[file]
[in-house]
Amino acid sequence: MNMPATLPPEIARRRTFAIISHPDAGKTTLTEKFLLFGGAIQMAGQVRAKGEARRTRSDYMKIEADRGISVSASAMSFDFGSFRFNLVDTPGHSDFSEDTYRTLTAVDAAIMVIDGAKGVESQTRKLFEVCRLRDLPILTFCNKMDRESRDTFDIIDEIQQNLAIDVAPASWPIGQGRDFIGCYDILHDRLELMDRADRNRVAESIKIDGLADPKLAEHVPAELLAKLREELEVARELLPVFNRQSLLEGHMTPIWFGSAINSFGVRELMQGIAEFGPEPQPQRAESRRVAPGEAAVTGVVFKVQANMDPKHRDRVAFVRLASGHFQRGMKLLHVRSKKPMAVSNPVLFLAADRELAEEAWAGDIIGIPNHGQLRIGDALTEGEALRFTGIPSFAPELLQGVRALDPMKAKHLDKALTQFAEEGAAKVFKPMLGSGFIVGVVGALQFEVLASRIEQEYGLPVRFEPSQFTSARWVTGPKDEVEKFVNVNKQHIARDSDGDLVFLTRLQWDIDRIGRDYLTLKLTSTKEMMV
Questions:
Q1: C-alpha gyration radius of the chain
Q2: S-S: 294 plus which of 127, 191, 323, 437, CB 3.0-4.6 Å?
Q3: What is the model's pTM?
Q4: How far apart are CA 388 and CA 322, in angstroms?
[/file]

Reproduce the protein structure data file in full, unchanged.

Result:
[in-house]
Amino acid sequence: MNMPATLPPEIARRRTFAIISHPDAGKTTLTEKFLLFGGAIQMAGQVRAKGEARRTRSDYMKIEADRGISVSASAMSFDFGSFRFNLVDTPGHSDFSEDTYRTLTAVDAAIMVIDGAKGVESQTRKLFEVCRLRDLPILTFCNKMDRESRDTFDIIDEIQQNLAIDVAPASWPIGQGRDFIGCYDILHDRLELMDRADRNRVAESIKIDGLADPKLAEHVPAELLAKLREELEVARELLPVFNRQSLLEGHMTPIWFGSAINSFGVRELMQGIAEFGPEPQPQRAESRRVAPGEAAVTGVVFKVQANMDPKHRDRVAFVRLASGHFQRGMKLLHVRSKKPMAVSNPVLFLAADRELAEEAWAGDIIGIPNHGQLRIGDALTEGEALRFTGIPSFAPELLQGVRALDPMKAKHLDKALTQFAEEGAAKVFKPMLGSGFIVGVVGALQFEVLASRIEQEYGLPVRFEPSQFTSARWVTGPKDEVEKFVNVNKQHIARDSDGDLVFLTRLQWDIDRIGRDYLTLKLTSTKEMMV
Questions:
Q1: C-alpha gyration radius of the chain
Q2: S-S: 294 plus which of 127, 191, 323, 437, CB 3.0-4.6 Å?
Q3: What is the model's pTM?
Q4: How far apart are CA 388 and CA 322, in angstroms?